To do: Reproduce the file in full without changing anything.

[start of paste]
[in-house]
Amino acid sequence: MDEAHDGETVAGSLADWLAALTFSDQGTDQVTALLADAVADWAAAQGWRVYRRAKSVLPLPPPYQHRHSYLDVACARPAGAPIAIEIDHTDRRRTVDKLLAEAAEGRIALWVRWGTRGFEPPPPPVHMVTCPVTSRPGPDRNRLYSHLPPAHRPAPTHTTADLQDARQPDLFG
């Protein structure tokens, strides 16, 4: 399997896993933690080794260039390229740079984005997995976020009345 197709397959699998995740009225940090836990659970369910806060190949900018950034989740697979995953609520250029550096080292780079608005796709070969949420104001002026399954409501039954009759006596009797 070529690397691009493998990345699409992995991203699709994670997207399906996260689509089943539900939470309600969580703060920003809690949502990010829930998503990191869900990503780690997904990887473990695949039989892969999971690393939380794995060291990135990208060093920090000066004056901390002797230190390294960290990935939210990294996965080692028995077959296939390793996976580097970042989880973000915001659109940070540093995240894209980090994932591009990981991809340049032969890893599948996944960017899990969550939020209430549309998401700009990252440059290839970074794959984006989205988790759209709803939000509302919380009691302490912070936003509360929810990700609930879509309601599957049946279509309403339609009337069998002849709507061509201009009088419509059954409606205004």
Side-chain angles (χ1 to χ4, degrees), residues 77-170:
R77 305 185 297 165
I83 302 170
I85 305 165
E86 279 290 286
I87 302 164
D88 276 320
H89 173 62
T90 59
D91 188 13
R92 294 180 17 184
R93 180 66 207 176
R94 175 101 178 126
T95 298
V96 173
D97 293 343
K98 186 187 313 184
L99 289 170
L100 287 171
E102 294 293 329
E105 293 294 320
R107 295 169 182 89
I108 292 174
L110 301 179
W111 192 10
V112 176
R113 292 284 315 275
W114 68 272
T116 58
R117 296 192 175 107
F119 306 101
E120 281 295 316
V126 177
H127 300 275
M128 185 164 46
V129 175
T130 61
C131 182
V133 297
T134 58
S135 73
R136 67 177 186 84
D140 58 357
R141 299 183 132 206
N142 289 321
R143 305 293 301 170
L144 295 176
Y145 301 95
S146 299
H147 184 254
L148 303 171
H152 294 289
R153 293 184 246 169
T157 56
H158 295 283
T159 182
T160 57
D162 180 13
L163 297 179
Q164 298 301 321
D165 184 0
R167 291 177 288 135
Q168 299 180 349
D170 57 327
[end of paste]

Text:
[in-house]
Amino acid sequence: MDEAHDGETVAGSLADWLAALTFSDQGTDQVTALLADAVADWAAAQGWRVYRRAKSVLPLPPPYQHRHSYLDVACARPAGAPIAIEIDHTDRRRTVDKLLAEAAEGRIALWVRWGTRGFEPPPPPVHMVTCPVTSRPGPDRNRLYSHLPPAHRPAPTHTTADLQDARQPDLFG
């Protein structure tokens, strides 16, 4: 399997896993933690080794260039390229740079984005997995976020009345 197709397959699998995740009225940090836990659970369910806060190949900018950034989740697979995953609520250029550096080292780079608005796709070969949420104001002026399954409501039954009759006596009797 070529690397691009493998990345699409992995991203699709994670997207399906996260689509089943539900939470309600969580703060920003809690949502990010829930998503990191869900990503780690997904990887473990695949039989892969999971690393939380794995060291990135990208060093920090000066004056901390002797230190390294960290990935939210990294996965080692028995077959296939390793996976580097970042989880973000915001659109940070540093995240894209980090994932591009990981991809340049032969890893599948996944960017899990969550939020209430549309998401700009990252440059290839970074794959984006989205988790759209709803939000509302919380009691302490912070936003509360929810990700609930879509309601599957049946279509309403339609009337069998002849709507061509201009009088419509059954409606205004």
Side-chain angles (χ1 to χ4, degrees), residues 77-170:
R77 305 185 297 165
I83 302 170
I85 305 165
E86 279 290 286
I87 302 164
D88 276 320
H89 173 62
T90 59
D91 188 13
R92 294 180 17 184
R93 180 66 207 176
R94 175 101 178 126
T95 298
V96 173
D97 293 343
K98 186 187 313 184
L99 289 170
L100 287 171
E102 294 293 329
E105 293 294 320
R107 295 169 182 89
I108 292 174
L110 301 179
W111 192 10
V112 176
R113 292 284 315 275
W114 68 272
T116 58
R117 296 192 175 107
F119 306 101
E120 281 295 316
V126 177
H127 300 275
M128 185 164 46
V129 175
T130 61
C131 182
V133 297
T134 58
S135 73
R136 67 177 186 84
D140 58 357
R141 299 183 132 206
N142 289 321
R143 305 293 301 170
L144 295 176
Y145 301 95
S146 299
H147 184 254
L148 303 171
H152 294 289
R153 293 184 246 169
T157 56
H158 295 283
T159 182
T160 57
D162 180 13
L163 297 179
Q164 298 301 321
D165 184 0
R167 291 177 288 135
Q168 299 180 349
D170 57 327